During the study period, 260 diabetic patients were recruited. For every diabetic patient, a non-diabetic patient was included. The non-diabetic control group was selected from the attendants of the diabetic group to align their sociodemographic characteristics. By the end of the study, there were 256 records in the diabetes group and 250 records in the non-diabetes group. Their data was managed using SPSS for Windows version 22.0 (IBM Corp., Armonk, NY). The mean and standard deviation were calculated for continuous variables such as age, duration of diabetes, and HbA1c levels. Frequency and percentages were calculated for categorical variables. The incidence of UTI was compared for the diabetic and non-diabetic groups. Chi-square was applied for comparison. P-value ≤0.05 was taken as significant. Odds ratio (OR) and confidence interval (CI) were calculated.

Results

Among 256 patients in the diabetic group, there were 112 (43.7%) males and 144 (56.3%) females. Their mean age was 56 ± 11 years. Non-diabetic patients were relatively younger with a mean age of 48 ± 12 years. There were more women (= 156; 62.4%) than men (= 94; 37.6%) in the non-diabetic group. Demographic and clinical characteristics of both study groups are compared in Table 1.

Patient Characteristics Diabetic Group (n = 256) Non-diabetic Group (n = 250)
Gender
Male 112 (43.7%) 94 (37.6%)
Female 144 (56.3%) 156 (62.4%)
Age in years
Mean 56 ± 11 48 ± 12
Less than 40 years 38 (14.8%) 72 (28.8%)
40-60 years 115 (44.9%) 87 (34.8%)
Above 60 years 103 (40.2%) 91 (36.4%)
Duration of diabetes in years
Mean 7.6 ± 3.8 Not applicable
Less than 5 years 78 (30.5%)
5-10 years 97 (37.8%)
More than 10 years 81 (31.6%)
Diabetic complications (any)
Yes 118 (46.1%) Not applicable
No 138 (53.9%)
Diabetes-related kidney disease
Yes 34 (13.3%) Not applicable
No 222 (86.7%)
Glycosylated haemoglobin A1c (%)
Mean 7.8 ± 2.6 4.9 ± 1.2
Less than 7% 48 (18.7%) 250 (100%)
7%-8.5% 134 (52.3%) Not applicable
More than 8.5% 74 (28.9%)

In diabetes group, 35 (13.67%) patients were identified with culture positive UTI as compared to 18 (7.2%) participants in non-diabetic group. In both groups, UTI was more common in female gender. Diabetic group had an overall twice risk of UTI (p = 0.01; OR: 2.04; CI: 1.12, 3.71) and female gender in diabetic group had a risk of almost five times (p = 0.01; OR: 4.93; CI: 1.12, 20.16) that of the non-diabetic group of developing urinary tract infection (Table 2).

  Diabetic Group (n = 256) Non-diabetic Group (n = 250) P-value Odds Ratio Confidence Interval
Total 35 (13.7%) 18 (7.2%) 0.01 2.04 1.12, 3.71
Male 4/35 (11.4%) 7/18 (38.9%) 0.01 0.2 0.05, 0.83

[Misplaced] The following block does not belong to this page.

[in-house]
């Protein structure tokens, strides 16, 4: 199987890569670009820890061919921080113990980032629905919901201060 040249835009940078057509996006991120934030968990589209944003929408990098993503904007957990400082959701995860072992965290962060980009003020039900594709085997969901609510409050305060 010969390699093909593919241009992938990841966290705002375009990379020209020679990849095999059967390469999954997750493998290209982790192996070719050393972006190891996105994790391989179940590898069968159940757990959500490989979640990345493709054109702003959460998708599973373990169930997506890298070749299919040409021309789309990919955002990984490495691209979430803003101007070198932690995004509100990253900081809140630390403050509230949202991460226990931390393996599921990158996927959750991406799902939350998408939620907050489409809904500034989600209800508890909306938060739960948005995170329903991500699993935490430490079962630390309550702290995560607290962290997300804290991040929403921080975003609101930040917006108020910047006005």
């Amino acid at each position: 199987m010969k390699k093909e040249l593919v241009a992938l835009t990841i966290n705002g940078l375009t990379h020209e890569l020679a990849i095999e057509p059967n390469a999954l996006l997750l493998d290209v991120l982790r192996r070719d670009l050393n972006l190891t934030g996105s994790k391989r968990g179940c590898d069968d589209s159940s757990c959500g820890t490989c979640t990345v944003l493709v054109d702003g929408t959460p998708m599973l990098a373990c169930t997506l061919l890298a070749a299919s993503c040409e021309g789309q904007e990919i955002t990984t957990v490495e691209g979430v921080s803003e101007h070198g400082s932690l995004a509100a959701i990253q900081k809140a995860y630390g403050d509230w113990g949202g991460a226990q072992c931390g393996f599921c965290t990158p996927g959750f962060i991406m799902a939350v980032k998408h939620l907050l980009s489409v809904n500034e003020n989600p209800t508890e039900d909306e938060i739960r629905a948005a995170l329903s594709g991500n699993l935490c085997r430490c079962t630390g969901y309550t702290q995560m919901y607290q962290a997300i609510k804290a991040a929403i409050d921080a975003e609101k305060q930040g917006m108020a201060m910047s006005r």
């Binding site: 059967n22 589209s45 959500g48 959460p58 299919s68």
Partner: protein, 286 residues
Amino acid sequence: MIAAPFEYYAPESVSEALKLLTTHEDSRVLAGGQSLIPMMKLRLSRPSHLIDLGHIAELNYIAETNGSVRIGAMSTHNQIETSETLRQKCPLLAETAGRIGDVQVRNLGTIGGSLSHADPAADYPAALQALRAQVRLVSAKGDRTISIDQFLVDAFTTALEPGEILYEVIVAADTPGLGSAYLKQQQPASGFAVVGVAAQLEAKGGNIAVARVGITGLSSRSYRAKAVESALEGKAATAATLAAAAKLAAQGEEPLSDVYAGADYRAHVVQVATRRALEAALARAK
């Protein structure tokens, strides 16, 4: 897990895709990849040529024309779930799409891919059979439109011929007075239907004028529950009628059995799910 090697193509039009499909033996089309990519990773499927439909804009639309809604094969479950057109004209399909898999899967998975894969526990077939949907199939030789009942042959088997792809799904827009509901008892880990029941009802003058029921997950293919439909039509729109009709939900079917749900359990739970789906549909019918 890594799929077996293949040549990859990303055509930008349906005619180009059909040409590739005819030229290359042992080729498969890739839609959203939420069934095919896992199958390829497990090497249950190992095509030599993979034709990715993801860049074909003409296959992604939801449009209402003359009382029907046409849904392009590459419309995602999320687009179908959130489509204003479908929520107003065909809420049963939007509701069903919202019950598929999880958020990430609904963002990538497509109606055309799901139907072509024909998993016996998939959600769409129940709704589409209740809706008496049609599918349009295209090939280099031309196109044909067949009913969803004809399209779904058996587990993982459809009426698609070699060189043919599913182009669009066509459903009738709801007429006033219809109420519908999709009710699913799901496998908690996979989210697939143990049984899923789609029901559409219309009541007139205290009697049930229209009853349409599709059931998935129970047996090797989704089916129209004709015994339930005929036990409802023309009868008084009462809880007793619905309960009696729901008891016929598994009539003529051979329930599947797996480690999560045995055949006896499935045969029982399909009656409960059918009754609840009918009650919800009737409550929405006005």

Female 31/35 (88.6%) 11/18 (61.1%) 4.93 1.12, 20.16

Almost 30% patients in the diabetic group with culture-proven UTI were asymptomatic as compared to only 5% in the non-diabetic group (p = 0.03; OR: 7.79; CI: 0.92, 66.18). There was no other significant difference between the presentations of UTI in the two groups, as shown in Table 3.

Signs / Symptoms Diabetic Group (n = 35) Non-diabetic Group (n = 18) P-value Odds Ratio Confidence Interval
No signs / symptoms 11 (31.4%) 1 (5.6%) 0.03 7.79 0.92, 66.18
Fever 21 (60.0%) 11 (61.1%) 0.93 0.95 0.3, 3.06
Dysuria 17 (48.5%) 11 (61.1%) 0.38 0.6 0.19, 1.91
Increased frequency (≥5/day) 13 (37.1%) 7 (38.9%) 0.90 0.93 0.29, 2.99
Dribbling 9 (25.7%) 5 (27.8%) 0.87 0.9 0.25, 3.24
Abdominal / flank pain 9 (25.7%) 5 (27.8%) 0.87 0.9 0.25, 3.24
Pyuria 7 (20.0%) 2 (11.1%) 0.41 2.0 0.37, 10.81
Vomiting 4 (11.4%) 2 (11.1%) 0.97 1.03 0.17, 6.25
Urinary retention 4 (11.4%) 2 (11.1%) 0.97 1.03 0.17, 6.25
Hematuria 2 (5.7%) 1 (5.6%) 0.98 1.03 0.09, 12.19

E. coli was the most commonly identified microorganism in both diabetic and non-diabetic groups. P. aeruginosa was identified in 14% of diabetic cases. Other organisms included Klebsiella species and Enterobacter species (Table 4).

Organisms Diabetic Group (n = 35) Non-diabetic Group (n = 18) P-value Odds Ratio Confidence Interval
Escherichia coli 21 (60.0%) 13 (72.2%) 0.37 0.58 0.17, 1.98
Klebsiella species 6 (17.1%) 2 (11.1%) 0.56 1.66 0.3, 9.18
Enterobacter species 3 (8.6%) 1 (5.6%) 0.69 1.59 0.15, 16.52
Coagulation-positive Staphylococcus 2 (5.7%) 2 (11.1%) 0.48 0.48 0.06, 3.76
Candida albicans 3 (8.6%) ---- Not applicable
Pseudomonas aeruginosa 5 (14.3%) ----
Coagulation-negative Staphylococcus 12 (34.3%)  

Discussion

This study compared the incidence of UTIs in demographically comparable groups of diabetic and non-diabetic individuals. There was an overall significantly higher incidence of UTIs in the diabetic group; these individuals had twice the risk as compared to non-diabetics. Females also showed a significantly higher incidence of UTIs in the diabetic group. Females had an overall five-time higher risk of developing UTI in the diabetic group. There were no stark differences in the clinical and microbiological profiles of these patients; however, the diabetic group showed significantly more patients with asymptomatic UTI.

This study has provided substantial evidence to the comparatively higher risk of UTI in diabetic patients. However, it has its limitations too. This study was conducted in the OPD and only included clinically stable outpatient cases; hence, many cases with complicated UTI must have been missed. This study did not include the antibiotic sensitivity profile for both groups.